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Posted Friday, 21 November, 2014 by jorielov in Agnostic (Questioning & Searching or Unsure), Angels, Blog Tour Host & Reviewer, Disabilities & Medical Afflictions, Equality In Literature, Firefighters & Paramedics, Grief & Anguish of Guilt, Life of Thirty-Somethings, Life Shift, Literary Fiction, Medical Fiction, Modern Day, Philosophical Intuitiveness, Public Service | Community Officers, Realistic Fiction, TLC Book Tours, Uncategorized, Vulgarity in Literature, Writing Style & Voice




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7 responses to “Blog Book Tour | “Proof of Angels” by Mary Curran Hackett

    • Thanks Heather, for this comment, as I do often wonder if I am the only one who looks for vulgarity to be used appropriately rather than sprinkled throughout a story without rhyme nor reason! You’re quite welcome on the thoughtfulness of the review, but I must confess, the story within this novel left me quite pensive long after I put the book down! So much so, I have decided already to re-read it after I have the proper chance to read Proof of Heaven! I am always thankful to be a part of blog tours like this one, where the story itself is an experience for me and one that I will always cherish having had lived!

    • Hmm, I think we must have two different ways of approaching circumstances and things that happen in life – because this particular story is very kinetically tied to being introspective and soul-searching; digging into your own heart & your soul, to see where you fit and belong in life. There was so much heart and spirit, I felt I had reflected this side of living and sensing as we walk our paths in life to represent what the author wanted us to see & to feel. This wasn’t to take spirituality ‘out’ of our lives, it was merely showing how we grow ‘through’ it instead; and how that is represented through our experiences and how we internalise what happens in our lives.

      As your a regular reader of mine – you know I blog about faith-based fiction & literature all the time; in fact, I’m very open about my spirituality, moreso than I originally felt I might blog about. There is a very direct spiritual connection in this story but I felt if I had focused on that it not only would spoilt it for my readers but it would take the focus off what I felt was truly the greater gift to the novel itself.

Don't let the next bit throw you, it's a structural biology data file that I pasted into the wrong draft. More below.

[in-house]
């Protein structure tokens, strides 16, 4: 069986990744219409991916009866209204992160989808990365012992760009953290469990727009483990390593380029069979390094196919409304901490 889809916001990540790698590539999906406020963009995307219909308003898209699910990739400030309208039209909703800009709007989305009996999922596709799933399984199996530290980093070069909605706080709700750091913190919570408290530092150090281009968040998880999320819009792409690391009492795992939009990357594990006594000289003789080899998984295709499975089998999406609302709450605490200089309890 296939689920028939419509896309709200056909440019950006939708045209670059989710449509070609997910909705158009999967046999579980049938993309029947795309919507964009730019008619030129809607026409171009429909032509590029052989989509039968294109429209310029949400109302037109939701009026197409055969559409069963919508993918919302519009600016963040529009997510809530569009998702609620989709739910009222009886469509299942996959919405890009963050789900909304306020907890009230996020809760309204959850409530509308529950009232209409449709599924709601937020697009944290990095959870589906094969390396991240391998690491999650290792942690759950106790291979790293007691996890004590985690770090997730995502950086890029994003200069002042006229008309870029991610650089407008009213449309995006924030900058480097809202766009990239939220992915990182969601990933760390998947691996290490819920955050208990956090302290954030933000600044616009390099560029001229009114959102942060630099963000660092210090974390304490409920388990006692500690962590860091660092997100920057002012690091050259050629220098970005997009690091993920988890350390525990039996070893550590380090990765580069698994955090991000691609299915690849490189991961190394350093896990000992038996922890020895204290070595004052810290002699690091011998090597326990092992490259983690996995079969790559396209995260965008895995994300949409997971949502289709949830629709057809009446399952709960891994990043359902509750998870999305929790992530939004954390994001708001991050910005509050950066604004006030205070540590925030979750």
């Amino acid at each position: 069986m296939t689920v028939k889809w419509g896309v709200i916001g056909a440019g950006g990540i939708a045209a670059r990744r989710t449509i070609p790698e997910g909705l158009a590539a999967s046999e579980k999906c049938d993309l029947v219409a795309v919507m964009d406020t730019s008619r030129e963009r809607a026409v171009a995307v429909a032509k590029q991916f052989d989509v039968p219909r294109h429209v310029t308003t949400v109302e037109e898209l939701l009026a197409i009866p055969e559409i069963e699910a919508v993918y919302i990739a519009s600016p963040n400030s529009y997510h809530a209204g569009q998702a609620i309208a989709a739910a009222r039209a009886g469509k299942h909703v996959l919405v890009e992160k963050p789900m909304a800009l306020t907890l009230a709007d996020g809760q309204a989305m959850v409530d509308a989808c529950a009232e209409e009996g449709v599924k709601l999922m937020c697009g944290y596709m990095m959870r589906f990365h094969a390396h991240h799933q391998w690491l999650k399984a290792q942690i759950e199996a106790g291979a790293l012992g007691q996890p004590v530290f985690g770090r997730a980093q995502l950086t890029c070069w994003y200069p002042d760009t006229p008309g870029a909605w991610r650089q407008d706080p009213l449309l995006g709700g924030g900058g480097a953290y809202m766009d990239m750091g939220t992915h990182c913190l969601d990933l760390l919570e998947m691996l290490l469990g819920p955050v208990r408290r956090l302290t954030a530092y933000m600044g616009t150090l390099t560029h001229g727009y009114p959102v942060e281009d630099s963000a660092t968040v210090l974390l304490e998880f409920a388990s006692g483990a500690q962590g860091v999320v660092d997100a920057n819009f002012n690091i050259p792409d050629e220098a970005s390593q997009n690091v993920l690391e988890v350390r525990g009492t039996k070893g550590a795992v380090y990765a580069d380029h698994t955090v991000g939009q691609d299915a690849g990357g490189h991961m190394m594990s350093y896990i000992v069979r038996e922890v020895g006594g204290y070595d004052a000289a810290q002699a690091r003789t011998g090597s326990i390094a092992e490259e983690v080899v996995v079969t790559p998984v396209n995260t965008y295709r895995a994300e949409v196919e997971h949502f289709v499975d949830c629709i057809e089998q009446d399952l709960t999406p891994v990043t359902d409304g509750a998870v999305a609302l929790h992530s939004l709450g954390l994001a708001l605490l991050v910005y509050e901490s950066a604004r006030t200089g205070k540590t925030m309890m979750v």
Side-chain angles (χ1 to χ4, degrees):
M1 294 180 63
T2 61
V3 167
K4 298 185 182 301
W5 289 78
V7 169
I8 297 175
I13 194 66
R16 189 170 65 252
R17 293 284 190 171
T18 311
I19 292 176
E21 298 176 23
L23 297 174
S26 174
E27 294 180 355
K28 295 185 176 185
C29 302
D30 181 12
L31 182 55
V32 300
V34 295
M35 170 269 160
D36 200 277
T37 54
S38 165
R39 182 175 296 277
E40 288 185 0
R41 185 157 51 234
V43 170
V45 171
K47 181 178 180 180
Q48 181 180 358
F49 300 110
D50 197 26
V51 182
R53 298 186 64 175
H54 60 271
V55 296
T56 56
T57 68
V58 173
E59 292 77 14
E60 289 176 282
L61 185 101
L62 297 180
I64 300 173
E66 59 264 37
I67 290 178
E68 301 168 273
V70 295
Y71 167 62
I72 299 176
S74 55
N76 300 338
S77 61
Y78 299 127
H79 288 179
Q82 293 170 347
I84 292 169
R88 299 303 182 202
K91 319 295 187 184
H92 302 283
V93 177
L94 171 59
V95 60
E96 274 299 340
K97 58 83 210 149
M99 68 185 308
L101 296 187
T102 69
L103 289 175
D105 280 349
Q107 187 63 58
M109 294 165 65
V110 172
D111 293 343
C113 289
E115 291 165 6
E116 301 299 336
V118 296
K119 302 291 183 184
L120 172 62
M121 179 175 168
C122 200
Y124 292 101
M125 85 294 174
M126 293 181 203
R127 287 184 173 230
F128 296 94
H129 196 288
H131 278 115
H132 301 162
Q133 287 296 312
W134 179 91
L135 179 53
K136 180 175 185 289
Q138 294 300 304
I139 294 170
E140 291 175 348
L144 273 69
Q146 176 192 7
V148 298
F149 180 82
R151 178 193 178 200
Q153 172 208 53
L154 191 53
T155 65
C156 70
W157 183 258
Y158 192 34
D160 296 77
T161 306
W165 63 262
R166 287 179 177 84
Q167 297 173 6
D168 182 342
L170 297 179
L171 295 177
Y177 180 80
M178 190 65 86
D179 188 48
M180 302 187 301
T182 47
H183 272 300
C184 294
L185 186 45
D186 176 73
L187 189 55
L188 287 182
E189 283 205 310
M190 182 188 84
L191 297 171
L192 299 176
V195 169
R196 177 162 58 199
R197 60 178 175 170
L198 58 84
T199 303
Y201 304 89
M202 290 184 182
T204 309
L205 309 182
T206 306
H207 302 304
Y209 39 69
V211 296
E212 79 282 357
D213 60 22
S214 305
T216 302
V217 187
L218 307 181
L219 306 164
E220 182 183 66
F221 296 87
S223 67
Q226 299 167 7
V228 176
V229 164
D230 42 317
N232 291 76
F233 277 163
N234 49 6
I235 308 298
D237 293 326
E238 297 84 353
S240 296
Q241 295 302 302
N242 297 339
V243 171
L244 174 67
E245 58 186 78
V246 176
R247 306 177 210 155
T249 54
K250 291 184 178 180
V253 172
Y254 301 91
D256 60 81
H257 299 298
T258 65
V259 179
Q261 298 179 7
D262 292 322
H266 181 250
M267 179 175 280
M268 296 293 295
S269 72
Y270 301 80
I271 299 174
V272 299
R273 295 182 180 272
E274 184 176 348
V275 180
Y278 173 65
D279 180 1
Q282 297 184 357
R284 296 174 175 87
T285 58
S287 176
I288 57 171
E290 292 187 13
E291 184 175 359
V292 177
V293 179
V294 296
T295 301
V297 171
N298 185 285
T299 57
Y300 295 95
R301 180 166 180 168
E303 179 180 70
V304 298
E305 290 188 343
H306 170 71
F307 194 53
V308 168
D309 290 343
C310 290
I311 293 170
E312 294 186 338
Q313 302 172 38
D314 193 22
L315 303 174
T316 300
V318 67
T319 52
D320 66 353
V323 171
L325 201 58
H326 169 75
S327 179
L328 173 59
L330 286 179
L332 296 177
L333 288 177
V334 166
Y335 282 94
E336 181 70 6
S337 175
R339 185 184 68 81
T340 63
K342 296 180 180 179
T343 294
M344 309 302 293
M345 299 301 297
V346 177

I guess I’m not seeing what your seeing — I re-read this earlier today & again tonight, and all I see is the beauty of what the story gives and how uplifting it is all the way around.

      • Jorie, I do recall what you’ve said before (not in detail), but my recall is faulty, especially when I’m tired. So I get what you’re saying and sorry you spent so much time feeling you had to explain yourself. I also sometimes try to “speed read” through long posts because I’m inundated : / so that doesn’t help on what I do and don’t pick up. It’s why I don’t read fast when I read fiction—I want to read every word and truly understand. It’s now almost midnight and I spent the entire afternoon and evening (of my birthday, no less) playing “catch up” on three days of blog posts, and it wasn’t including the many I deleted. SOMEhow I will find balance. I just don’t know how. I can’t live my life off the computer without coming back to an overflowing inbox every day *sigh*

  1. Jorie, I agree that there are some (few) people who behave like angels on earth, or at least do things that are that giving and “saving,” but I actually believe in the real ones—the spiritual ones, and am especially grateful for their existence :)

    • Hallo Ms Donna Marie,

      I hadn’t meant to imply that I didn’t have an active spiritual life myself nor that I didn’t believe in Angels; however, this particular novel centers around the angels who walk earth and who live amongst us; not in the spiritual sense of the Angels connected to Heaven but rather how we can each intercept a life whilst we are living and become that person’s angel for a particular reason & moment; effectively changing their lives forever and/or giving them something they need that they otherwise might not have found. Like you, I am forever grateful to the Angels who grace our lives and are only a whisper of a breath away when we need them most!

      There is a spiritual connection to this story, but I elected to take my review to a deeper level of where the character was going through an awakening that was given to him through the spiritual connection & through the path his life took him. (which is the best I can say without giving a MAJOR spoiler!)